With the molasses-slow ringing of the opening chords of "Violence," Low arrived. The Duluth, Minnesota band had formed two years earlier in 1993, and issued its quietly joyful debut, I Could Live in Hope, in the interim, but sophomore record Long Division saw the band stripping down its already unprecedentedly spare instrumentation to create an atmosphere so lonely, patient, and narcotic that the album created the sensation of being awake in a sad-hearted dream. On their debut, Low's sound was informed by their minimal instrumentation, with guitar, high-register bass notes, and a two-piece drum kit providing the backdrop for Alan Sparhawk and Mimi Parker's angelic harmonies and Kramer's spacious production. The songs on Long Division take that minimalism even further, slowing the tempos and implementing so much negative space that the instruments sometimes fade into complete silence in the space between sparse notes or drum hits. The otherworldly slowness of songs like "Shame" and "See-Through" are representative of the radical amount of space that defines the album, gliding gracefully as a falling leaf floating slowly on the wind. Low were born out of a reaction to the aggressive trudge of early-'90s grunge, so the songs are slow but never plodding. A song like "Turn" begins with a somewhat menacing lurch, but slowly blooms into a mysteriously hopeful climax. Contemporaries like Red House Painters and especially Codeine worked in similar muted colors and pensive tempos, but Low managed to exist outside of the often depressive themes of their peers. Practicing Mormons, Sparhawk and Parker often intoned their understated songs with vaguely religious undertones, hinting at retribution and redemption with foreboding atmospheres and heavy vibes more than overtly cautionary lyrics. The combination of Low's groundbreaking approach to elongating traditional pop music structures paired with Kramer's equally extreme reverb and Echoplex colorings congeal into one of Low's most brilliantly atmospheric statements, and perhaps the most dire in what would be a career that spanned decades. Long Division is a masterwork, somehow simultaneously achieving lushness and emptiness, embodying hope and heartbroken despair with equal force. ~ Fred Thomas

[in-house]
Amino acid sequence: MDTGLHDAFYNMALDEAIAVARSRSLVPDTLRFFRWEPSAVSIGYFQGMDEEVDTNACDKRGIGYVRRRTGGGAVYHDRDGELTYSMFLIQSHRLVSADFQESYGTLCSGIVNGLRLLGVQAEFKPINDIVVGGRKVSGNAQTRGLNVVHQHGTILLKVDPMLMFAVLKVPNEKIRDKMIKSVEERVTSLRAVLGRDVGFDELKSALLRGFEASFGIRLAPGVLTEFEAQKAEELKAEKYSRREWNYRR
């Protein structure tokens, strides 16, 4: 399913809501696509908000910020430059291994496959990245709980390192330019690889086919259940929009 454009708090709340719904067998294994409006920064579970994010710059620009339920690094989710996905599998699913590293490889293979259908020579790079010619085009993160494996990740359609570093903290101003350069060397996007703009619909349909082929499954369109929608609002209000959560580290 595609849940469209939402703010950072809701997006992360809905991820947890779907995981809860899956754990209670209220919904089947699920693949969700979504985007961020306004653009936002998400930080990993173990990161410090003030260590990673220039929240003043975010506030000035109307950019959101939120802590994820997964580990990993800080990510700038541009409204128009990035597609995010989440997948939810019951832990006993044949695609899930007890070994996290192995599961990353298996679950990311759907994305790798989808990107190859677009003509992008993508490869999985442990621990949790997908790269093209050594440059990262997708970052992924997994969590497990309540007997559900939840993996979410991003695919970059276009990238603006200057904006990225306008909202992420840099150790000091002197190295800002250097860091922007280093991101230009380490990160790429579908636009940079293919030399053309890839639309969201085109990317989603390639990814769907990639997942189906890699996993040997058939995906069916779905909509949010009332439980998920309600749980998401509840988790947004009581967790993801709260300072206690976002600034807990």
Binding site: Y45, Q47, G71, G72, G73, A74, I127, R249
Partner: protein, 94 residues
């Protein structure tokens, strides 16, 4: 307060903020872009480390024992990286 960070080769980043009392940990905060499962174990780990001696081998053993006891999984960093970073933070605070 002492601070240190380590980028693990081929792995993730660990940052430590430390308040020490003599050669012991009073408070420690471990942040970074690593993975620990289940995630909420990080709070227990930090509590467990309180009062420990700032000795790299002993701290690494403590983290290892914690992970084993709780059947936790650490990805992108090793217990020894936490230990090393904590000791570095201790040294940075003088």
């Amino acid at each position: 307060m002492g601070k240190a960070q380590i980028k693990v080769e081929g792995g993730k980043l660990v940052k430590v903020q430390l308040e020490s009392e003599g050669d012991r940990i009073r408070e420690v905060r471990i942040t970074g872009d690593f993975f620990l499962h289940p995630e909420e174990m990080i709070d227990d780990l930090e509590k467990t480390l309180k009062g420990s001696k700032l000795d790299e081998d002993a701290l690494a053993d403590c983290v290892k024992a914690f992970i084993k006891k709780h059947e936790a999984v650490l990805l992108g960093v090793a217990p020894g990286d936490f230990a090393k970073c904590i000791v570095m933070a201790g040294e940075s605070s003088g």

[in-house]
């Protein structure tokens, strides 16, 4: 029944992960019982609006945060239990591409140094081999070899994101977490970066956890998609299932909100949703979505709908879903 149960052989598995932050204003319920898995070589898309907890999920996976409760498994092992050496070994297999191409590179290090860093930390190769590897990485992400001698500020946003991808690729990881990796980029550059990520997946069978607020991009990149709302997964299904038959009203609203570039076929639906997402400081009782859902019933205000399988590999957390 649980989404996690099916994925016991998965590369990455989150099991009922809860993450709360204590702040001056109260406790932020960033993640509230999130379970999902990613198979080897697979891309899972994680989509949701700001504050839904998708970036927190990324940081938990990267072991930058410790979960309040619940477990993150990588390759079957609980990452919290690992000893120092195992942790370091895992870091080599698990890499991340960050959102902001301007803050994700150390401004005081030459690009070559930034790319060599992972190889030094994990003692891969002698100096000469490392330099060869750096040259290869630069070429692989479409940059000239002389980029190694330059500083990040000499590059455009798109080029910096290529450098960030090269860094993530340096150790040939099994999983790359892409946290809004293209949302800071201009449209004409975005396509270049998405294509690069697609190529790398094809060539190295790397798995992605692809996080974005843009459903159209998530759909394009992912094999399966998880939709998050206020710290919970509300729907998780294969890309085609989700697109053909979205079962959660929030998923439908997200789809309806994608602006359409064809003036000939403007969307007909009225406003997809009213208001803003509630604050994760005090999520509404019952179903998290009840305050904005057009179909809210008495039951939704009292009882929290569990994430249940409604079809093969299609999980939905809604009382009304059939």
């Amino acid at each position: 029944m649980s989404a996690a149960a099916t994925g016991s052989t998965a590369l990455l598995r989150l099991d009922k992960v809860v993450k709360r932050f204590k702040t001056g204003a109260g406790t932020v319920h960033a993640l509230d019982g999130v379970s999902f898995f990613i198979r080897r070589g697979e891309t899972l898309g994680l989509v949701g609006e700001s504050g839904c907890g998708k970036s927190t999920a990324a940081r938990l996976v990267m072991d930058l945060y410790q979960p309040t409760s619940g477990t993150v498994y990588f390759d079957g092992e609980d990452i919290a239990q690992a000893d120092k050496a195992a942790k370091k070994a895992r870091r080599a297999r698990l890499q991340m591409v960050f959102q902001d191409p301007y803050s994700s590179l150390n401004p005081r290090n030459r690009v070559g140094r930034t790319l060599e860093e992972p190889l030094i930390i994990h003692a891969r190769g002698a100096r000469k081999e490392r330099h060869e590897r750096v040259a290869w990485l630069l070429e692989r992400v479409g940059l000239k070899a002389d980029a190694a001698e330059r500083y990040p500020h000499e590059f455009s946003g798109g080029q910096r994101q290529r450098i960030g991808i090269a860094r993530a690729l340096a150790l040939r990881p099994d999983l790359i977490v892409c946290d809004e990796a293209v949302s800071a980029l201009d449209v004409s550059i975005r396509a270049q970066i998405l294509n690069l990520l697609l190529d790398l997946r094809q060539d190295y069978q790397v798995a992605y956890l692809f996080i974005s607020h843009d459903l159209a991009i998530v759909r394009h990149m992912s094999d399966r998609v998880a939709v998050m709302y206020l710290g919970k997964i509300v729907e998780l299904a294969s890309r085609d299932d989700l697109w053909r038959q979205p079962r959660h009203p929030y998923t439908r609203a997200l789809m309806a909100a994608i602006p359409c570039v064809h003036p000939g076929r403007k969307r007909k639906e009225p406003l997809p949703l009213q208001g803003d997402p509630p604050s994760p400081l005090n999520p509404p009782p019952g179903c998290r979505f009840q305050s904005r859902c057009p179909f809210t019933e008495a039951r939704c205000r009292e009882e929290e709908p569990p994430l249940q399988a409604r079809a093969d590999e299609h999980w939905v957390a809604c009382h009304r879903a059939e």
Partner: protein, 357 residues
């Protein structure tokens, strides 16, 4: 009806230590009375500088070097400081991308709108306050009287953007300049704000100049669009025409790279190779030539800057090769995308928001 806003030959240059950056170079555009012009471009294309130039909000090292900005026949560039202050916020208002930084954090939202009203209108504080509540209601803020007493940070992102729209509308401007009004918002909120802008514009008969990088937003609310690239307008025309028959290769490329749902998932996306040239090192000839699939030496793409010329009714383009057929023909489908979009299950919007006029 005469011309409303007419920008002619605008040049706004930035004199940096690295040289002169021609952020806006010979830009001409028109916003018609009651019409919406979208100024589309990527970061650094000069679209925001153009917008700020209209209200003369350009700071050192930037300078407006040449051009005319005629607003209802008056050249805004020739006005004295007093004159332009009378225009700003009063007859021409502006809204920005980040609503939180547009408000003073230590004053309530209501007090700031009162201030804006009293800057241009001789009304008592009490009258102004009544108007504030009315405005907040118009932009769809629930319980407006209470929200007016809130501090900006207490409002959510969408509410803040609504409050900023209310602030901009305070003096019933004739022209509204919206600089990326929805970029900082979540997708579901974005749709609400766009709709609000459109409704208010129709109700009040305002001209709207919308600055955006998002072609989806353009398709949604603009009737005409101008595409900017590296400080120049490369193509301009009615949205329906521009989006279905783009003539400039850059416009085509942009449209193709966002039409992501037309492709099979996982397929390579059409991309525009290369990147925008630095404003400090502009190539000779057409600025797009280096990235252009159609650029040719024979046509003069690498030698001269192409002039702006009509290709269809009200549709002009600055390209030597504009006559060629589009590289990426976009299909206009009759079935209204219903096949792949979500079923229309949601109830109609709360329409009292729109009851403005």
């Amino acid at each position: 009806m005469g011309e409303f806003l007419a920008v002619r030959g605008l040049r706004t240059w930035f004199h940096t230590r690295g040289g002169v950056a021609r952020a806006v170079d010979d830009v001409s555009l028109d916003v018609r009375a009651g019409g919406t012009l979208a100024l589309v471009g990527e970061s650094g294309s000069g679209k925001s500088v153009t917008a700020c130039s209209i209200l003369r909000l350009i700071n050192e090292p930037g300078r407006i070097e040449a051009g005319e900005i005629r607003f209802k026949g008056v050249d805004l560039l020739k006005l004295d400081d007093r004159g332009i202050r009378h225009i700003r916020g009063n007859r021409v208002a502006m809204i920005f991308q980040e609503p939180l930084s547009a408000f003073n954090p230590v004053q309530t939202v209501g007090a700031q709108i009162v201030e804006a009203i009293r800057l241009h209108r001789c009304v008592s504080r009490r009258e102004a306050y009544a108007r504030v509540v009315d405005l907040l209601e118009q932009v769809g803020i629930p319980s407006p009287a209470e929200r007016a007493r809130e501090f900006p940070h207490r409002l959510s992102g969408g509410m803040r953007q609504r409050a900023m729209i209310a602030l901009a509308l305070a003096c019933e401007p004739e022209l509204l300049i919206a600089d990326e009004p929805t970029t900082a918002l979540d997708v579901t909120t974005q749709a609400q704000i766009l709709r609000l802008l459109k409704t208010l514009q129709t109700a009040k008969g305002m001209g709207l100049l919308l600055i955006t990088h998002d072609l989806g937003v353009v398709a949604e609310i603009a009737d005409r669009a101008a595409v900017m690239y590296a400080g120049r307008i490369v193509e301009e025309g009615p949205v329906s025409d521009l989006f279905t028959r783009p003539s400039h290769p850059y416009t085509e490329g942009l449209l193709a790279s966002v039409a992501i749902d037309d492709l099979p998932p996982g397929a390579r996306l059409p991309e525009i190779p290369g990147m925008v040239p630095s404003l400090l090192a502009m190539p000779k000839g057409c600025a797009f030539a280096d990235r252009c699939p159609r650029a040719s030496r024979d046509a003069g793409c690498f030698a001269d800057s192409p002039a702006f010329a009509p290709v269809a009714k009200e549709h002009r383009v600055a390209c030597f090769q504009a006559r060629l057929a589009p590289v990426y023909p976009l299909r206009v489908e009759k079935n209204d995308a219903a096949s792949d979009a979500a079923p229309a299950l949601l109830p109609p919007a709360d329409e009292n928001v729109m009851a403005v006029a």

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Alternative & Indie - Released September 30, 2016 | Temporary Residence Ltd.